The narrative style of webpage, with vertically stacked panels telling a brand story, is incredibly common these days. Frequently this pattern is used in homepage design, but it’s also in use elsewhere - in special one-off pages, section indexes, or even web features.
How do you think about structuring content for one of these pages? Here’s a few dissections so we can think about how to reverse engineer.
I also call this style of webpage design ‘visual bullet points’ because frequently, that is a fairly accurate representation of how little text content there actually is on the page. And for the user to get the effect of scrolling down and flowing fluidly from one block of content to the next, there really can’t be too much content - anything too dense would slow them down.
There is one exception, of course, and that’s the variation of this design pattern for web features. In that case, you aren’t really trying to build that narrative with the design, you’re trying to build it with the text, and rather than leading the user to a quick brand or message takeaway, you simply want to entice them to keep reading until they get to the end of the article.
Word Count: ~850
Images / graphics: 10
This webpage is divided into eight horizontal blocks, and comes in at well under 1,000 words. Even less is visible at one time; the top section is a slideshow with eight panels. Later on, there’s a section with a slider of content that also tucks away some of the word length. So, only about 500 words are visible on the page at a given moment. Perhaps more important for the flow of the page, all text content is broken up into blocks of no more than 50 words and usually around half that - short sentences of about 25 words, or roughly the length of a tweet. Tallying up visual assets, there are two large photo-backgrounds, four smaller ones, three photo-heavy graphics featuring art mixed with photographic imagery, and one infographic-style block with mixed graphics and words.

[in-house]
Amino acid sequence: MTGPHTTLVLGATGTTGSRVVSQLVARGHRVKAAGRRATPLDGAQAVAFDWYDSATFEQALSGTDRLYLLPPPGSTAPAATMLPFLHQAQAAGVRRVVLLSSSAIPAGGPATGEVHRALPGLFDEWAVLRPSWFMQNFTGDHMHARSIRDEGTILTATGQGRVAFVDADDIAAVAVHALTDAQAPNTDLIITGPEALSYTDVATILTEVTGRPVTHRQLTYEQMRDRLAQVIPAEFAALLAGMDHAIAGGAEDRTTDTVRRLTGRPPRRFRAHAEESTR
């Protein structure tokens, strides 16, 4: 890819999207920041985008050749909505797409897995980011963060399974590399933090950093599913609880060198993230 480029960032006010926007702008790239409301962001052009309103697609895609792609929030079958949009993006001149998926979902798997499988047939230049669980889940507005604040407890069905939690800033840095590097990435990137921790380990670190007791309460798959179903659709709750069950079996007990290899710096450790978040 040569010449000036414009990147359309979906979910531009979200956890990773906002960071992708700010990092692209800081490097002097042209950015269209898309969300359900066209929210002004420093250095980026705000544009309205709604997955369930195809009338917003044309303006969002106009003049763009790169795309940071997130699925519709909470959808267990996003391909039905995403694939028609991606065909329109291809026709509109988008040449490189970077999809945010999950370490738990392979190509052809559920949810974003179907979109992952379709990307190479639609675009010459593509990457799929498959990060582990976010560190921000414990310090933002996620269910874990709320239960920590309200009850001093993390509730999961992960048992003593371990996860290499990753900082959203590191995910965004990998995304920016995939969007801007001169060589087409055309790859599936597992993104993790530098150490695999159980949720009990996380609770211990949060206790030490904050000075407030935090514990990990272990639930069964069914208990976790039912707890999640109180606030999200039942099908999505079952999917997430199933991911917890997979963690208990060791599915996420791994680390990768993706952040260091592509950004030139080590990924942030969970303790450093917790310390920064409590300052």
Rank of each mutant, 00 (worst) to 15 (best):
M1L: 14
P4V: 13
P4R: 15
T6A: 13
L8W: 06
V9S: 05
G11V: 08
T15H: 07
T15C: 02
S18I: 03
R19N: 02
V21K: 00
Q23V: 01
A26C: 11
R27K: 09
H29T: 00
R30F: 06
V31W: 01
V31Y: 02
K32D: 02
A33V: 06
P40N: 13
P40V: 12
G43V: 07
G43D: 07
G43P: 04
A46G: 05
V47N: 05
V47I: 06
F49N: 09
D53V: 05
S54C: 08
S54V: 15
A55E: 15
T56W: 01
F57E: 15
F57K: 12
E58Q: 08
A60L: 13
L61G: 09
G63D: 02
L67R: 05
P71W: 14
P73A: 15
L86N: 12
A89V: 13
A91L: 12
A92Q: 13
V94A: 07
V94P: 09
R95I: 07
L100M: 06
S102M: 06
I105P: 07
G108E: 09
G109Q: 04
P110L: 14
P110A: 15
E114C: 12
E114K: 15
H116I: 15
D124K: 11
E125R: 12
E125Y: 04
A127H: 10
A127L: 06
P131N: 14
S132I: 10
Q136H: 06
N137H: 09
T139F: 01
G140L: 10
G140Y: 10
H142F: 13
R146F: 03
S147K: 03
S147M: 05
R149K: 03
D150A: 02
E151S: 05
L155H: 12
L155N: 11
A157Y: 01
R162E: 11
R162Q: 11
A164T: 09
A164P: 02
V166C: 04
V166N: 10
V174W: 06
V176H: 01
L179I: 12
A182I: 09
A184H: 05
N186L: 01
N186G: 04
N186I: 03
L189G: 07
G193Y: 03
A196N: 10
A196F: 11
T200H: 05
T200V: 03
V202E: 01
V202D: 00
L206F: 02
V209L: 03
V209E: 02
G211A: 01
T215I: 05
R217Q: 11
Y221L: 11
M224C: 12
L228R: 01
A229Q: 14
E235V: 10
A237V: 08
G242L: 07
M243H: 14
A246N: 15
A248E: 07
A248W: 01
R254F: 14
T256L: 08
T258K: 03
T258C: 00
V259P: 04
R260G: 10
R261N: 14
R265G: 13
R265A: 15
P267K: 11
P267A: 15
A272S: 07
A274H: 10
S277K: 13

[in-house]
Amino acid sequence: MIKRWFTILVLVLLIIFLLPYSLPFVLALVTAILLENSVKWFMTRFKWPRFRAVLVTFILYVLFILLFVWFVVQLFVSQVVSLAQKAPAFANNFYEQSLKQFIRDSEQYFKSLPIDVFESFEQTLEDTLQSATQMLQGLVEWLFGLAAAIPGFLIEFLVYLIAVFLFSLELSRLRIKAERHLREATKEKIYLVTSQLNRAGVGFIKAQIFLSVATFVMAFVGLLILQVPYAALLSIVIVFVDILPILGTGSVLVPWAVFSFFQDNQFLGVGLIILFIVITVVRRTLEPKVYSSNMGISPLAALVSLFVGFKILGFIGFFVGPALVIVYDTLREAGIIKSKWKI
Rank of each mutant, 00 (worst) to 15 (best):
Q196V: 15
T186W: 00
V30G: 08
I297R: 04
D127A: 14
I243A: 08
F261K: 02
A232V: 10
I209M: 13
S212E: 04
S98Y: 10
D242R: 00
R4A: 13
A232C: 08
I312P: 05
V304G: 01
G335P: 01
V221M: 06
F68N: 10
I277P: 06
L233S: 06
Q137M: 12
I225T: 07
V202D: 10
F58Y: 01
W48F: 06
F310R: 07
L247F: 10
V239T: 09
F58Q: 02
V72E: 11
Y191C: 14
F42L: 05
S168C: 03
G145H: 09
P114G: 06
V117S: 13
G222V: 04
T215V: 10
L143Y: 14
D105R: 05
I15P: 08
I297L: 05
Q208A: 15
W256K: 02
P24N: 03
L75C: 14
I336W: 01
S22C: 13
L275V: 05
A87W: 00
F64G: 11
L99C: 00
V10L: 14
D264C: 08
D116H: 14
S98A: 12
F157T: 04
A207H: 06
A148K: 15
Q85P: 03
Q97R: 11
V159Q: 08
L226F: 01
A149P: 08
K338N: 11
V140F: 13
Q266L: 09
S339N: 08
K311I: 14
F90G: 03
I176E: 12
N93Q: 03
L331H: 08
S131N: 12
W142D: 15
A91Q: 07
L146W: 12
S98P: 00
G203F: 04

Word Count: ~250
Images / graphics: 10 photos and 1 graphic
The Weathervane Music site is a clear example of this design trend in homepages, with stacked panels serving as both an at-a-glance introduction to the organization’s work and as bits of navigation to sections of the website. The Podcasts block links to the podcast page on the website, the donate section to a donate page, and so on. The page feels “full” but it the content is actually extremely spare: only 250 words, broken into short declarative sentences. On the Weathervane site, I’m sure that great care was taken in selecting the images: they are really what drive the story, showing human faces, musicians in action, warm interiors, analog materials, all conveying a comfortable, accessible, and creative mood, accented by the bright and utilitarian yellow of the branding colors. The design here is doing its job by not getting in the way, and the text by being extremely concise and clear.
Word Count: ~550
Images / graphics: 11